On Shepard’s part, he says: “They have forced me to confront my biggest character defect, which is patience. You’ll die if you’re not patient. I’m also a little type A, and you have to accept our house is going to look like s**t for the next 15 years. Don’t even try – and wow, that was a huge thing for me to surrender.”

Being open and honest about the realities of life is characteristic for Bell and Shepard. They’ve become known for not sugar-coating the truth, speaking in interviews and on social media about their rows, why they go to therapy, and their daily niggles – like Bell leaving loo roll on the toilet seat.

Bell says: “It’s not authentic to be anything else” – and the need to be truthful runs even deeper for Shepard.

“My thing comes from a life and death struggle of mine, which is addiction,” he explains. “I have found great comfort in being around other addicts, because I feel less ashamed of who I am. And so I’m always on high alert of inducing shame in someone else.

“When people would be like #CoupleGoals or say we have some kind of an ideal for a relationship, it was super important for both of us to say: this isn’t easy. We didn’t meet ‘the one’, we didn’t see each other from across the room and fall in love and it’s been easy. It’s been as hard as sobriety, it’s been as hard as managing a career, it’s as hard as it is to stay in shape, as hard as it is to eat right. It’s equally as hard, and equally as rewarding.

“I would just hate for someone to feel s****y because they didn’t find their Kristen Bell.”

And just like the couple are open with the world, they’re also keen to tell their daughters the truth. After being sober for 16 years, Shepard announced he had relapsed following a motorcycle accident in 2020, getting hooked on prescribed medication. He got clean the same year, and has been sober since – and suggests it’s hugely important to talk about it with his children.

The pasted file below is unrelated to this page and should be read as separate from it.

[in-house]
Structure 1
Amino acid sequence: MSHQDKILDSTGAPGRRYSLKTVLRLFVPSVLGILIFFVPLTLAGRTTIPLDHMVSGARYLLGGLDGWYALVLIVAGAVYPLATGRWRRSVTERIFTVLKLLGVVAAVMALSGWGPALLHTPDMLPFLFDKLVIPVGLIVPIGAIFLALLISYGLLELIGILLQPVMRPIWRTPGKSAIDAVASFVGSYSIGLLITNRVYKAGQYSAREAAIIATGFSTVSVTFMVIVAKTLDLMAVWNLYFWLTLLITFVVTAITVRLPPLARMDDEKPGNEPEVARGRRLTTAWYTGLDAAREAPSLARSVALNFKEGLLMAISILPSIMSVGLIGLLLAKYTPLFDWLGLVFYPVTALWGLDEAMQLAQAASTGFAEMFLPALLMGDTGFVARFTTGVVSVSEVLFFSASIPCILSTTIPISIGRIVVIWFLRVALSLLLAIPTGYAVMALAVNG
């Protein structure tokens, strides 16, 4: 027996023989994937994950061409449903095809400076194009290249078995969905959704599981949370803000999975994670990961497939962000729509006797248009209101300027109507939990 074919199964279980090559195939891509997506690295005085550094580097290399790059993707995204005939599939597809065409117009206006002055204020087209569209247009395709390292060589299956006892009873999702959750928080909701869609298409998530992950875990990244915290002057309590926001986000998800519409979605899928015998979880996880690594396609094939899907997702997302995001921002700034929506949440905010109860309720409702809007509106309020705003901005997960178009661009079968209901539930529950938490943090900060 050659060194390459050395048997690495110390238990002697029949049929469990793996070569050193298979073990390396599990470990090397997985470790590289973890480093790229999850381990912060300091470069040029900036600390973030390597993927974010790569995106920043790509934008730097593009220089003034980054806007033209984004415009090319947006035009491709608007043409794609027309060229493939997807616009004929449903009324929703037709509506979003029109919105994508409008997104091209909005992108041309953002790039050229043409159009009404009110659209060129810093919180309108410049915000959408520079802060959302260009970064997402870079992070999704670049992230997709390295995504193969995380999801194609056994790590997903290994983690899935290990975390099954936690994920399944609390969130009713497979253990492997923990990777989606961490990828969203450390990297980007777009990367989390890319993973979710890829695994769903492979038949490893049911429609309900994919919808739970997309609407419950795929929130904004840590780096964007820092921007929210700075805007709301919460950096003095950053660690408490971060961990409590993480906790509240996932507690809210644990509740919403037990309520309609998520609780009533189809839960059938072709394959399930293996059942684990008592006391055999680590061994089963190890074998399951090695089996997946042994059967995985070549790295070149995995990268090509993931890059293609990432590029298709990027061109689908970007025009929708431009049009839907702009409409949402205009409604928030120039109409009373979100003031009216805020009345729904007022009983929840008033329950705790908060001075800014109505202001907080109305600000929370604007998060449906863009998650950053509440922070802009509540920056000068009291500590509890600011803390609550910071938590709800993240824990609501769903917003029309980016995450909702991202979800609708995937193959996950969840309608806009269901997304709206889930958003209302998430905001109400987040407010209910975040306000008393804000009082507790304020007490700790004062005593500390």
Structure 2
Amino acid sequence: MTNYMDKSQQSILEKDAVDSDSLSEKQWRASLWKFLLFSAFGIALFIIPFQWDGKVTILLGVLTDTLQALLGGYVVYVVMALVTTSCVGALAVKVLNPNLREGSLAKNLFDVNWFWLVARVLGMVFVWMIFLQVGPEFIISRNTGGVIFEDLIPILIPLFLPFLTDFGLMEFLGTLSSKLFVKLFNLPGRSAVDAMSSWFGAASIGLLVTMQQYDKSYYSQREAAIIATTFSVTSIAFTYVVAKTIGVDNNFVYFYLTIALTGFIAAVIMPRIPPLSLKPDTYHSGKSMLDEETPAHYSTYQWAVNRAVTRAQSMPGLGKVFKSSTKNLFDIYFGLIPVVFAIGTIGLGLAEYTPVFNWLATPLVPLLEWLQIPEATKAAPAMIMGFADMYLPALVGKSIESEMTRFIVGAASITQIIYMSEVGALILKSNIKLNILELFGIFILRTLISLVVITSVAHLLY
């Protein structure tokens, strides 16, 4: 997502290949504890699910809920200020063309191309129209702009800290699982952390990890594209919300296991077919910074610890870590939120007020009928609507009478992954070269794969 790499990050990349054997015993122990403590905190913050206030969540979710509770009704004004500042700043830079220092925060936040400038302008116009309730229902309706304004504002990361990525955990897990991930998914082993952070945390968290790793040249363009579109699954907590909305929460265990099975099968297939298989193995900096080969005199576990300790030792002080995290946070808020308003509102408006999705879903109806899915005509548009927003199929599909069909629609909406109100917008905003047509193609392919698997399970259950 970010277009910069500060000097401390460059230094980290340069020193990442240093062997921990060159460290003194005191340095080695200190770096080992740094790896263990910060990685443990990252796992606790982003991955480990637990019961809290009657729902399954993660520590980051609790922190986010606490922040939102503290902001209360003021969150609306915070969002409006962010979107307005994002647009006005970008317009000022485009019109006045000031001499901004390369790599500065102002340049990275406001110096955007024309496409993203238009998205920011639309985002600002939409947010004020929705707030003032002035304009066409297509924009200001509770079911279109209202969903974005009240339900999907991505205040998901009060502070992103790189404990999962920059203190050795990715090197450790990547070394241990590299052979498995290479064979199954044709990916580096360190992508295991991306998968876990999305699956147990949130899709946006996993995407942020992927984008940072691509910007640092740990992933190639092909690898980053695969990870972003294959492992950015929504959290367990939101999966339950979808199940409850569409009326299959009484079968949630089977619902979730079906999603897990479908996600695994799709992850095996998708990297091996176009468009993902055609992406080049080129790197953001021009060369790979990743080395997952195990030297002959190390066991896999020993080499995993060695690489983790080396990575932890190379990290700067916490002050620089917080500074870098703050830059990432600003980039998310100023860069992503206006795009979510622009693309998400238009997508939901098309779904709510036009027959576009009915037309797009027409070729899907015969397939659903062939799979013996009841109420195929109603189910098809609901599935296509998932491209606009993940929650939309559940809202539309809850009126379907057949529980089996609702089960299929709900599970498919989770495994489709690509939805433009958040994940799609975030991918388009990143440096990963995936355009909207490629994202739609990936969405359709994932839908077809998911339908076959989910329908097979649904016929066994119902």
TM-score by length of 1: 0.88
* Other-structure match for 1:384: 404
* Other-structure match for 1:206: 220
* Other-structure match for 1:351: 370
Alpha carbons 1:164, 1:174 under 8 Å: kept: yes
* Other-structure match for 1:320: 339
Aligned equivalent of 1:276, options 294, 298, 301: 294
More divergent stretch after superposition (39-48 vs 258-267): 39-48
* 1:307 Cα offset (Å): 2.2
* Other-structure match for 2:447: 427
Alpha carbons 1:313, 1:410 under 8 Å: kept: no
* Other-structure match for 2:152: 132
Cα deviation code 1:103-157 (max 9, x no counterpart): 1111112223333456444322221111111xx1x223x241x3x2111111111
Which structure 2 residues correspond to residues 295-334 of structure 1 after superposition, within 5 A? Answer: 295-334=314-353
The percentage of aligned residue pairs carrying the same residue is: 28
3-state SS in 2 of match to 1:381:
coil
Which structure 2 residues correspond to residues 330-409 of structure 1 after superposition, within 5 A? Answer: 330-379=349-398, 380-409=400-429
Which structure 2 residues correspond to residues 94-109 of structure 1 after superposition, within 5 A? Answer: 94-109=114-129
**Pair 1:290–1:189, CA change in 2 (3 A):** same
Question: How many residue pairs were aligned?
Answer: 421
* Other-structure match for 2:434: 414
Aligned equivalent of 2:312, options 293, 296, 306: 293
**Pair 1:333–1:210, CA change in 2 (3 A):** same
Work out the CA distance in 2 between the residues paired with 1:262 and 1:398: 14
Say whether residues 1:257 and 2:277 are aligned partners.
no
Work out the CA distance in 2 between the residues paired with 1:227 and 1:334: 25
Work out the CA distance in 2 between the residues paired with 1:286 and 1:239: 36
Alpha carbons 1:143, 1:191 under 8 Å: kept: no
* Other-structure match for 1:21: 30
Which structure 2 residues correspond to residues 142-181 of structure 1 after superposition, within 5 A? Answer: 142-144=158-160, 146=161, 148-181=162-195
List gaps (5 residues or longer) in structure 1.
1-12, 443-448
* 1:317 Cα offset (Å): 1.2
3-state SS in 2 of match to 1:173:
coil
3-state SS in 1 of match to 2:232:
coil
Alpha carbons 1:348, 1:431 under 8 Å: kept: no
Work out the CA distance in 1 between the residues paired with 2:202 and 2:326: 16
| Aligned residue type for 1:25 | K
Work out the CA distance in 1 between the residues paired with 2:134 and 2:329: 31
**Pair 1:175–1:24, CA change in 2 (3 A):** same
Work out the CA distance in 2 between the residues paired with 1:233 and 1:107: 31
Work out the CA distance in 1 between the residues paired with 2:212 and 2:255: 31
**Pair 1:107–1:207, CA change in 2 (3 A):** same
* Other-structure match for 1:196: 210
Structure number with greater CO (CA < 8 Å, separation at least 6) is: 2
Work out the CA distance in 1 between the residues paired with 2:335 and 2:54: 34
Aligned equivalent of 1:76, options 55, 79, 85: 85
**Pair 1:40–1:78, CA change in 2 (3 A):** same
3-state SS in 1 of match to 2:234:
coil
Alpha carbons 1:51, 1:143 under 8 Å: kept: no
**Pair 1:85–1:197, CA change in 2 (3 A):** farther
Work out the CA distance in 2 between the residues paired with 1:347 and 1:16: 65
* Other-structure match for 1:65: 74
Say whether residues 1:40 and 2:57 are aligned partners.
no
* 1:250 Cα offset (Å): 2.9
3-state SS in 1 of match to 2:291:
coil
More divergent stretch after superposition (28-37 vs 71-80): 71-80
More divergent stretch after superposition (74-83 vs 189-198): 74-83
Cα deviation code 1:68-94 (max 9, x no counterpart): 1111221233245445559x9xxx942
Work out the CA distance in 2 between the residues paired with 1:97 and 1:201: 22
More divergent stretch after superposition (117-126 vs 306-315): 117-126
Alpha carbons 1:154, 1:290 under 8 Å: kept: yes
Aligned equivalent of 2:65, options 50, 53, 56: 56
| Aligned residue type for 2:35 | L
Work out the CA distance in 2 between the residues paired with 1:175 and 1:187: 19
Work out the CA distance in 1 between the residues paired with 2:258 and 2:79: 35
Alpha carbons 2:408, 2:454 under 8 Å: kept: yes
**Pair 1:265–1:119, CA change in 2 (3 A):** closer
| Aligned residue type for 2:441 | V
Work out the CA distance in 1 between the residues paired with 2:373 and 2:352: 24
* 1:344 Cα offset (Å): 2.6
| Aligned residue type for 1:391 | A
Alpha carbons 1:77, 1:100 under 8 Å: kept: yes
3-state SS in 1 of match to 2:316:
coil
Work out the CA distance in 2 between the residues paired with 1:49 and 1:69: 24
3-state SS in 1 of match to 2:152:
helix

“It would be very weird if I left the house every night, five days a week, to go to meetings, and just pretended I was in a bowling league,” he says with a wry laugh. “I’m not ashamed at all to say I’m an addict. I didn’t go shopping and pick out ‘addict’ as a personality – I had a childhood, I have genetics, and here I am. They [his children] have genetics. Hopefully they won’t have the childhood I had – thus far they haven’t.

“But 100,000 people die in the US a year of opiate addiction. I don’t know when people think they’re going to start talking to their kids – but if you’re waiting until they’ve already tried opiates, it’s going to be a little late.”

Shepard is a powerful speaker when discussing his addiction – so much so Bell seems to get emotional, particularly when he mentions their children.

He finishes: “All I ever want my kids to know is no one here is expecting them to be perfect or do it all right. And you shouldn’t ever be afraid to tell someone it didn’t go right, and you need some help. That’s all I hope they leave the house with.”

Bell and Shephard’s baby product line Hello Bello is now exclusively available in Asda and online at Asda.co.uk and HelloBello.co.uk